5. Tips for Getting Prepared – research school options, financial aid, ask questions, select a major, meet with the Disability Services well ahead of time, check out the accommodations and know your rights.
Matt shared a very powerful quote: “The only disability in life is a bad attitude!” ~ Scott Hamilton.
Two websites Matt recommended were http://www.ccdonline.ca (Council of Canadians with Disabilities), and http://www.neads.ca (National Educational Association of Disabled Students)
Summarized by Bev Turgeon

Spina Bifida and Hydrocephalus Association of Saskatchewan – North

Executive and Board Members

Laurel Scherr – President
351 Kenderdine Road
Saskatoon, Sask.
S7N 3S9
Phone: (306) 249 – 1362
Cell: 270-3488
Fax: (306) 249 – 1362 (phone first)
Email: lscherr2@sasktel.net
Term: 2010 – 2013
Cinnamon Martel – Vice President
711 Beechmont Lane
Saskatoon , Sask.
S7V lC9
Phone: 933-4501
Email: c.martell@shaw.ca
Term: 2009-2013
Shelley Elder
114 Waterloo Crescent
Saskatoon , Sask.
S7H 4H5
Phone: 477-0819
Cell: 220-62229
Email: d.elder@shaw.ca
Term: 2009-2013
Linda Renaut – Past President
215 Addie Crescent
Saskatoon, Sask.
S7N 3C5
Phone: (306) 249 – 0475
Email: lrenaut@shaw.ca
Term: 2001 – till present
Jacqueline Jewell, National Board Representative
P.O. Box 214
Kenaston, Sask.
S0G 2N0
Phone: (306) 252 – 2867
Email: jewell_23@hotmail.com
Term: 2009 – 2013
Bev Turgeon – Newsletter Editor
P.O. Box 873
Martensville, Sask.
S0K 2T0
Phone: (306) 933 – 0427
Email: bturgeon@sasktel.net
Mrs. Brenda Carter – Secretary
P.O. Box 2476
Martensville, Sask.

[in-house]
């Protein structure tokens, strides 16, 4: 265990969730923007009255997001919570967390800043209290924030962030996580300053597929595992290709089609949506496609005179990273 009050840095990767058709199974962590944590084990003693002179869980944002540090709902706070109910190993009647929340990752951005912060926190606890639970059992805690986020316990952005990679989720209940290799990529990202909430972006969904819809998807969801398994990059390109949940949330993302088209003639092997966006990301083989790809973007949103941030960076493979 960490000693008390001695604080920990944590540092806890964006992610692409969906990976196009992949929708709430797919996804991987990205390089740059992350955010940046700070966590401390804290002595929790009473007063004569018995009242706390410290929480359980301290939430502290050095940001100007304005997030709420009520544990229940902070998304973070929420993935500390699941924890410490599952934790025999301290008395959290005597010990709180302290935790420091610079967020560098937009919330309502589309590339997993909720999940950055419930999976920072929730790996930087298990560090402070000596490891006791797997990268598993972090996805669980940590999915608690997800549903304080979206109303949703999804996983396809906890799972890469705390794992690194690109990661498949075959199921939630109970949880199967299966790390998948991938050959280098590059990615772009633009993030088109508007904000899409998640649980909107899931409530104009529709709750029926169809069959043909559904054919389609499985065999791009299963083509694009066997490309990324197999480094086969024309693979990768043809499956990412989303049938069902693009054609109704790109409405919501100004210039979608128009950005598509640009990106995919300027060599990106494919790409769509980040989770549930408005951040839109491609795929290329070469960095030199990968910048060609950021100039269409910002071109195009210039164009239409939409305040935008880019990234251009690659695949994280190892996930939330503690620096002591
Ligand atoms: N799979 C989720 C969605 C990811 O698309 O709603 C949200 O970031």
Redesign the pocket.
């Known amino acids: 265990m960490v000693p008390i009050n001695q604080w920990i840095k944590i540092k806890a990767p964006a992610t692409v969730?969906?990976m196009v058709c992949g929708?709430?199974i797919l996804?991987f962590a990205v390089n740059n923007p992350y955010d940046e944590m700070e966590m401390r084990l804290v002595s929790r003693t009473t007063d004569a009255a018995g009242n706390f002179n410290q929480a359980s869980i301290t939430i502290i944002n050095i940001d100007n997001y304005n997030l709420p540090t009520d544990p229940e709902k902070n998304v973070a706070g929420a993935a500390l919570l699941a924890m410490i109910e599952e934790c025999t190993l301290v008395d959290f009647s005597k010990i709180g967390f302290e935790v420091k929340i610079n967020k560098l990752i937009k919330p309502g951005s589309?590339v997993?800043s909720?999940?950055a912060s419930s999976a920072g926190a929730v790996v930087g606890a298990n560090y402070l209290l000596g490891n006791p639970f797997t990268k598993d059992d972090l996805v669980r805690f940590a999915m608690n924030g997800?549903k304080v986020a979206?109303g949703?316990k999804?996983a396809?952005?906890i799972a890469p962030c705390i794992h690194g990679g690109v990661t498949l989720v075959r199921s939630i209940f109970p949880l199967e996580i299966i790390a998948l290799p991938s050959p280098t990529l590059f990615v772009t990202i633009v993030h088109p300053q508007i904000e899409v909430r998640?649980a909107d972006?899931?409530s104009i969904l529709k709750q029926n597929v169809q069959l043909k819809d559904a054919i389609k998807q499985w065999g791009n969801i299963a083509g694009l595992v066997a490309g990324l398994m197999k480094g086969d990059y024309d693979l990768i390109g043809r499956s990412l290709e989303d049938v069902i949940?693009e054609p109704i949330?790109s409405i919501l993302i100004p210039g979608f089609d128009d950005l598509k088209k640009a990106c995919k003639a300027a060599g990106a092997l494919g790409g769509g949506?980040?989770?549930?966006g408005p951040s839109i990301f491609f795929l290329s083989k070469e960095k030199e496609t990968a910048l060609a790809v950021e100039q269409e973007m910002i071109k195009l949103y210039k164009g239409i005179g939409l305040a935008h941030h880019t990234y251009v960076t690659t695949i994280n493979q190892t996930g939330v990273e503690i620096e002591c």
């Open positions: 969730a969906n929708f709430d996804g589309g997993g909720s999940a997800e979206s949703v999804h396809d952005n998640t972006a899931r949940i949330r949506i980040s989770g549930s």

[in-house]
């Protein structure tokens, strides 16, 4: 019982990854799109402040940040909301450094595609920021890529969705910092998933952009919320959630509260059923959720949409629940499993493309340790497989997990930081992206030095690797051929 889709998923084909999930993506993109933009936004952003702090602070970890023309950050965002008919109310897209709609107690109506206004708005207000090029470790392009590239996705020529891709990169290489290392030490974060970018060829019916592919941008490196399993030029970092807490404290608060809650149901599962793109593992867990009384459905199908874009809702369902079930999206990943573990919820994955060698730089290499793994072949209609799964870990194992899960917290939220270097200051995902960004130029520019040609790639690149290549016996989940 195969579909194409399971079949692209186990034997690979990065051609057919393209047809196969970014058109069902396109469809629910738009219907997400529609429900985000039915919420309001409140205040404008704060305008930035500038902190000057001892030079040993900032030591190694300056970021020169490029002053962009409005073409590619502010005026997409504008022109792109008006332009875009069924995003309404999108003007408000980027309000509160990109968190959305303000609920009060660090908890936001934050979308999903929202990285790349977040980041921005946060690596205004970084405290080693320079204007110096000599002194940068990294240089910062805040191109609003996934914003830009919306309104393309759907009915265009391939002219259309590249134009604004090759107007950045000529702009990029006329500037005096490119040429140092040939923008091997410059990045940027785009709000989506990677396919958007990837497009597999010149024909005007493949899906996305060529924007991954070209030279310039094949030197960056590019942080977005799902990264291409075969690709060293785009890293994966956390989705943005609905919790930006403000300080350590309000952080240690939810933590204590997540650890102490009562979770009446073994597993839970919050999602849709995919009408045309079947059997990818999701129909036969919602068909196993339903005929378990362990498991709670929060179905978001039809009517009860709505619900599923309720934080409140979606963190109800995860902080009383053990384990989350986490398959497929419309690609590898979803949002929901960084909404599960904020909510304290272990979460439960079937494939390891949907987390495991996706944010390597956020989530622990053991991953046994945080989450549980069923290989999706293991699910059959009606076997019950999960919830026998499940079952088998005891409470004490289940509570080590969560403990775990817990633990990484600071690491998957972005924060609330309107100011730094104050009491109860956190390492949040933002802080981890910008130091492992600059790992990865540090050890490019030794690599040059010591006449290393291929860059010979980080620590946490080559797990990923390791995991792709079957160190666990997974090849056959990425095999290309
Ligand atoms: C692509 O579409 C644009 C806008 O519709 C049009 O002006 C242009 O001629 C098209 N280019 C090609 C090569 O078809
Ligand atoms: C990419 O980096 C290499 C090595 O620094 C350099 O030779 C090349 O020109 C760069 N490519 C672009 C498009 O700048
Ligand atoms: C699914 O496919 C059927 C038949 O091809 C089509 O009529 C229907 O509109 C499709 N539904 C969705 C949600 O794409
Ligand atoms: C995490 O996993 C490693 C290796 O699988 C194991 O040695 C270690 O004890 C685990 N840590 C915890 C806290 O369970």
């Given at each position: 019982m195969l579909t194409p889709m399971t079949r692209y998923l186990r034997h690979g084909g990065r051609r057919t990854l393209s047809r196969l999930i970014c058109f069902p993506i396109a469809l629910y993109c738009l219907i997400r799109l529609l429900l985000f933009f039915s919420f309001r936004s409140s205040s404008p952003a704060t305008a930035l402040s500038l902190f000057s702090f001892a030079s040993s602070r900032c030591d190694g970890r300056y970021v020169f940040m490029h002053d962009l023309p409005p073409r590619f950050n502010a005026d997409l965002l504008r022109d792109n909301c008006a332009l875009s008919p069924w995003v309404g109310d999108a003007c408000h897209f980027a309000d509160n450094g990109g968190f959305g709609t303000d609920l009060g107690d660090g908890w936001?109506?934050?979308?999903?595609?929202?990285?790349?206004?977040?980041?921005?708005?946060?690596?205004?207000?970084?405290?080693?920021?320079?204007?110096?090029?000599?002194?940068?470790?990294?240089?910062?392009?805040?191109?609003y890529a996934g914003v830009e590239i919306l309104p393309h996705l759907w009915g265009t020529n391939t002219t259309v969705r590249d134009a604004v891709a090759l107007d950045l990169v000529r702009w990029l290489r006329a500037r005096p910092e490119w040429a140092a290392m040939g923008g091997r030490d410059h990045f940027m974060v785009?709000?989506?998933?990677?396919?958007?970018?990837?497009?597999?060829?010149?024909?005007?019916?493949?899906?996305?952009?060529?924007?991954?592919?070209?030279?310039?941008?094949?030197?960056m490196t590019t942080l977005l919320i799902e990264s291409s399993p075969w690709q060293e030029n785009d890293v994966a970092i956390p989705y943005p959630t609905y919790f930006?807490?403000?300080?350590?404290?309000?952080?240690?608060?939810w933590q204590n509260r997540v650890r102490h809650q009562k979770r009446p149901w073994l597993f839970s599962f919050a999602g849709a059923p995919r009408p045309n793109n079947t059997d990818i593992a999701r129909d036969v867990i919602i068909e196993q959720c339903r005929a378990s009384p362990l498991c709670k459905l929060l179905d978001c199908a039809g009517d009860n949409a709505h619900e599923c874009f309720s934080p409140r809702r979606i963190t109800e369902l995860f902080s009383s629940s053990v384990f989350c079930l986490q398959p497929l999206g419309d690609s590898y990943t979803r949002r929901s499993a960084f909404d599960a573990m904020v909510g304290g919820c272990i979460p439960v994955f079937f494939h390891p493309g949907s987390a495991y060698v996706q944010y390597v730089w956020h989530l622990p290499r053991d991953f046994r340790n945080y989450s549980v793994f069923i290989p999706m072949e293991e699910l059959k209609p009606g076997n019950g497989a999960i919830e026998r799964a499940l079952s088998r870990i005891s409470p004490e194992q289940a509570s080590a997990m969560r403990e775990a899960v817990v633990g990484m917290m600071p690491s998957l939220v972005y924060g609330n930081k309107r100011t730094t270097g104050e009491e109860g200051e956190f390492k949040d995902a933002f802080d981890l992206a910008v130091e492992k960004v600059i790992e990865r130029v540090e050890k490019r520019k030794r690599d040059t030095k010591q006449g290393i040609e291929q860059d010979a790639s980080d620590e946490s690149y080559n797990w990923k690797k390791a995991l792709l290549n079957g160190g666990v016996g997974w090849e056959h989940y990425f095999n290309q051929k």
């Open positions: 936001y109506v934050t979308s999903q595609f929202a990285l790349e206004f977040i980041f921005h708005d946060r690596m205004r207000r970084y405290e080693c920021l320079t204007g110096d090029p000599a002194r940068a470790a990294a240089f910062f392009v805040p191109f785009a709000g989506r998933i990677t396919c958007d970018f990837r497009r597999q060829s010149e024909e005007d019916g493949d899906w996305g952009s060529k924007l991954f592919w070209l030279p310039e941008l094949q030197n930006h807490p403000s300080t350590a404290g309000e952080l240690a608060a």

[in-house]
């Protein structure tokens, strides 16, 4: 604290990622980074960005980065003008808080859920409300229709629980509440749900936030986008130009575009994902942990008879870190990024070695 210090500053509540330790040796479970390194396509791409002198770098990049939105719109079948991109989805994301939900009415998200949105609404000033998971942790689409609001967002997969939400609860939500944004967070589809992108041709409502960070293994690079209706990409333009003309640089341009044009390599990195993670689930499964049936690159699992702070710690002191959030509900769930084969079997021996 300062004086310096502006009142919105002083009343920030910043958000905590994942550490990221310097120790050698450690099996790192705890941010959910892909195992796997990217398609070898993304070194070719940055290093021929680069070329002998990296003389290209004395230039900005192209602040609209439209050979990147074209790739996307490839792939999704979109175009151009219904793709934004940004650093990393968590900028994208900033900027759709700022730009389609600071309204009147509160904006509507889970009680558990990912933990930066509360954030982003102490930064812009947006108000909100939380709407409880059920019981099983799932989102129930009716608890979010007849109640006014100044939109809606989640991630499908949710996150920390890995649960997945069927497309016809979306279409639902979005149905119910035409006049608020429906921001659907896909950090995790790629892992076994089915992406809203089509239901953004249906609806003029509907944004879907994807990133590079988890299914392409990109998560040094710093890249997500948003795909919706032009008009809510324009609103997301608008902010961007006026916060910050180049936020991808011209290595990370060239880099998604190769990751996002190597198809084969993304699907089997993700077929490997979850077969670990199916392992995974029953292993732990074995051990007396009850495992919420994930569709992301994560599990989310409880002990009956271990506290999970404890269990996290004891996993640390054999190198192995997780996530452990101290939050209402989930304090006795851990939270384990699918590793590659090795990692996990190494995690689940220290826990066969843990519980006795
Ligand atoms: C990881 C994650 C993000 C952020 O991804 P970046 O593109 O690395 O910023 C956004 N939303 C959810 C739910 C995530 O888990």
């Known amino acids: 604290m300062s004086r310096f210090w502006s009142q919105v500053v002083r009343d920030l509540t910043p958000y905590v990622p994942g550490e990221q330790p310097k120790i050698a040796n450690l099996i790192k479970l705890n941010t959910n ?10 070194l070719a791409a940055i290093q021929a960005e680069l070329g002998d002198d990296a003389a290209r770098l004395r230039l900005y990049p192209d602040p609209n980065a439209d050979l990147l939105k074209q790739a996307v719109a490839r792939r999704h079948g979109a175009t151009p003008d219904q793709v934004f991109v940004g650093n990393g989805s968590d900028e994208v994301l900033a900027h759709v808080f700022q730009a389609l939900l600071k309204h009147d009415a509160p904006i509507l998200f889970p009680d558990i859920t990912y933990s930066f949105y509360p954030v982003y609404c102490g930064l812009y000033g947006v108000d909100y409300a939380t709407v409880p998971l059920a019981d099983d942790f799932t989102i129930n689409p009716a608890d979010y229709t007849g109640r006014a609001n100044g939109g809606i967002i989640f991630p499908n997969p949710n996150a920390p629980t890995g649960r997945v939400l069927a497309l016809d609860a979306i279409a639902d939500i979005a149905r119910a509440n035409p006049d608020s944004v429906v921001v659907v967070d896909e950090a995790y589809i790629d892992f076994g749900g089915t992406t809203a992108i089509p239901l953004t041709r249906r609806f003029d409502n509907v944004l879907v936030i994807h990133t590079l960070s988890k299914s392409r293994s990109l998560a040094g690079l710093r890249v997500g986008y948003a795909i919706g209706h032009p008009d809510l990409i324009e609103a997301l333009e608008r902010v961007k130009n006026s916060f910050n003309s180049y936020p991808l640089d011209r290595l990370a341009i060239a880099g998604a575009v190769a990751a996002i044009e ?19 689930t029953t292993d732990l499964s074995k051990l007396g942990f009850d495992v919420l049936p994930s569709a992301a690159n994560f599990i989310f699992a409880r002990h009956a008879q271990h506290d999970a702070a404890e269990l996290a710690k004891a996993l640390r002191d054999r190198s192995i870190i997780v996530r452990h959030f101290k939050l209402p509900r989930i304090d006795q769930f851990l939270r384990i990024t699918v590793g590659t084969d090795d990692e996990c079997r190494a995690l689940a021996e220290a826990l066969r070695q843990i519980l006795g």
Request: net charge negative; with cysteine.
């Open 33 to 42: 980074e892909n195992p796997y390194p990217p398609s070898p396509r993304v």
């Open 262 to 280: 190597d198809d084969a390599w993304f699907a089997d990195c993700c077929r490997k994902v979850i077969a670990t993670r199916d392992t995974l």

S0K 2T0
Phone: 382-5593
Cell: 380-5138
Email: tbjcarter@sasktel.net
Term: 2010-2013
Gene Layton – Treasurer
22 Britnell Crescent
Saskatoon, Sask.
S7H 3X8
Phone: (306) 374 – 7438
Email: glayton@sasktel.net
Term: 2009 – 2013
1 Our board is here to listen, learn, and represent you and your family! Please contact board members if you have questions, suggestions or are able to volunteer for any event or program!

Membership Form

Association Membership… Our Association is growing and new members are always welcome. We need to keep our membership current! The membership costs are: $25 per year or $65 for 3 years.

With your membership you also are registered with the SBHAC and receive our local newsletter, minutes, volunteer opportunities, voting privileges, funding opportunities, access to all programs, activities and social events. Please complete and return the following membership renewal today!!

To print a copy of the current membership form, click here.

Did You Know!

Spina Bifida Education Binder

If your child’s school needs a free Educator binder please contact:
Karen Baerg (306)254-2792 or Laurel Scherr (306) 249-1362

We are on the web!!
See us at:

Thank you to our webmaster: Mr. Dave Elder!!

Be sure to check out the
National Spina Bifida website at:

There are many interesting features from research to news items to informative useful links!

Spina Bifida Association of Sask.  – North Chapter:

c/o Laurel Scherr
351 Kenderdine Road,
Saskatoon, Sk
 S7N 3S9
(306) 249-1362

e-mail: lscherr2@sasktel.net